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Viral in Content Marketing | In search of a recipe for popular Content

Have you ever wondered why some things are spreading like viruses on the Internet while others are landfilling? Or maybe you’ve ever tried to create something viral, but you didn’t have a strong foundation and knowledge in this topic?

The six points mentioned by the author can be written as an acronym as STEPPS. From the first letters of English words:

  • Social currency – we share what makes us better perceived.
  • Triggers – we share what we feel.
  • Emotion – we share only what we care about.
  • Public – we observe what is happening around us.
  • Practical value – we share what constitutes value for others.
  • Stories – we share stories, not information.

In this article, I will address the issue of social currency and its impact on viral spread of information.

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Table of Contents:

  • What is social currency?
  • Secrets
  • How to use it in marketing activities?
  • Game mechanisms
  • Summary

What is social currency?

The first concept of social currency is derived from Pierre Bourdieu’s theory of social capital and is about increasing the sense of community, access to information and knowledge, helping shape your own identity, and ensuring status and recognition.

In its analysis of the social currency, the consulting company Vivaldi Partners defined social currency as the degree to which people share the brand or information about it as part of everyday social life at work or at home.

Nowadays, building social currency is a very important form of investment that companies should not forget about. Initiated clients (so-called insiders) feel part of the brand, support it, create it, which is why they more often talk about it both online and offline.

It is about creating a sense of community and a strong bond between customers and brand users.

Having such a social currency allows for closer contact with clients, interaction and access to knowledge that clients share. Strong attachment to the brand is also the main driver of actively promoting (or defending) the brand among other people.

Research shows that people feel the need to learn about socially important topics.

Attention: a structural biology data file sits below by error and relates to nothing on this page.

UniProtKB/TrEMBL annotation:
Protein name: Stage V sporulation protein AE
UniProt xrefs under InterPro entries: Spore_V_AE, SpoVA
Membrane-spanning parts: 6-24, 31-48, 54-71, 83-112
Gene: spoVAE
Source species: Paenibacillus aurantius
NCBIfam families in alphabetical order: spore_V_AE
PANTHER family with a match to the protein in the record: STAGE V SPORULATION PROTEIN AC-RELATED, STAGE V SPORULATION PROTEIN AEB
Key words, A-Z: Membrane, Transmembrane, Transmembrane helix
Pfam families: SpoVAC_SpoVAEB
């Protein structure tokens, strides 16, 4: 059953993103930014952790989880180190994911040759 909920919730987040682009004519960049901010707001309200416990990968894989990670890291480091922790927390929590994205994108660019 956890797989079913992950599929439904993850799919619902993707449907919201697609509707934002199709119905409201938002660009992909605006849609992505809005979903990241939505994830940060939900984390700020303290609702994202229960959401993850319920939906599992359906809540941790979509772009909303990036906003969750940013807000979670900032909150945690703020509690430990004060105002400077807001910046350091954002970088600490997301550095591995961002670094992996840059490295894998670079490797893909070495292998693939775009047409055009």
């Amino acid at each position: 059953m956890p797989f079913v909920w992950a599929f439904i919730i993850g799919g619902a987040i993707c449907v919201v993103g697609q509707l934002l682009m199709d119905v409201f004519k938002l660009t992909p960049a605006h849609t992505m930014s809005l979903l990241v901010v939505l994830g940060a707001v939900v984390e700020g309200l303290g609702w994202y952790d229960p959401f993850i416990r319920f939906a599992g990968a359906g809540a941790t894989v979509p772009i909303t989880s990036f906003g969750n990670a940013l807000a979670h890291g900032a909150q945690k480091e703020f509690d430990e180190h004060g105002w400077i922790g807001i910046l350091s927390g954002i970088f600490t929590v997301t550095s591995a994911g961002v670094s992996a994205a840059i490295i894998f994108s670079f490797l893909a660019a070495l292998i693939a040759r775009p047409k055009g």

Example: In a group of five men, four are talking about football and the previous World Cup final. Unfortunately, one of them, the fifth, is completely not interested in football. What do you think, won’t he feel isolated? The only recipe to change this is to gain knowledge on this topic.


I am convinced that you once heard a secret whose ending was “just please don’t tell anyone ok?” What did you do next you told about everything to someone else.

Relax, no one is judging you. This is completely normal and consistent with our nature. If something is referred to as ‘secret’ it automatically has a better chance that people will talk about it.

People provide information that makes them grow in the eyes of other people. In addition, a person who knows such a secret automatically becomes an insider, which changes his social status. A simple example:

Asia knows the secret of Basia. Basia knows that Asia knows this secret and dreams about finding out what secret it is. Asia is the one who is initiated. What do you think, if Asia would tell Basia that he would tell her everything in exchange for a can of tea and jelly beans, what would Basia do?

Exactly. People will do a lot to join a group of initiates. We don’t like to be excluded, uninformed. However, we love the information and the ability to provide it.

How to use it in marketing activities?

Tell your clients a secret. Let them feel that they are initiated and special. Let them be an active part of your brand.

OnePlus One can be purchased only in two ways: after receiving an invitation from another smartphone holder or by participating in events organized by the company.

It’s hard to find a better example!

Game mechanisms

Think about your favorite game. It can be a computer, board or sports game. You like to play it because it is governed by mechanisms that make everything go as it should. Otherwise, instead of playing, you would have to focus on overcoming chaos.

Can you imagine football in which the coach of team X according to his own vision introduces three goalkeepers and the referee does nothing about it? Lack of clear rules (i.e. functional mechanisms) would prevent the game.

Whenever I think of good gamification mechanisms, I am reminded of Vitay points at Orlen stations. I was very young when my dad received a card to collect points along with a leaflet which you can get for X points.

I noticed that 10,000 points can be exchanged for a Zippo lighter. This lighter was my dream! My childhood friend’s brother was a European champion in Zippo tricks, which inspired me to repeat his feat. I only missed the brand lighter.

I begged my dad to let me know as soon as he accumulates 10,000 points. We both got involved in this game, and my dad only refueled there for a few months.

The story went on forever, and Orlen gained a very loyal customer (with an even loyal child).
Elements of gamification allow customers to be very close to the company. In this case, the difference of 2-3 cents per liter in favor of the competition did not affect my dad’s decision because he knew that refueling with Orlen would approach the magic pot of 10,000 points!


Make your client feel special and he will tell everyone.

Ask yourself: what excites my clients? What will make them feel special?

The customer who is part of the brand is the best customer. See how loyal fans Apple has. They are ready for anything, they are fighting for the brand themselves, regularly joining the discussion about which phones are the best. Apple users are simply part of this company.

Note that it is really difficult to find their product’s advertisement on the Internet or on TV.
They don’t need it 🙂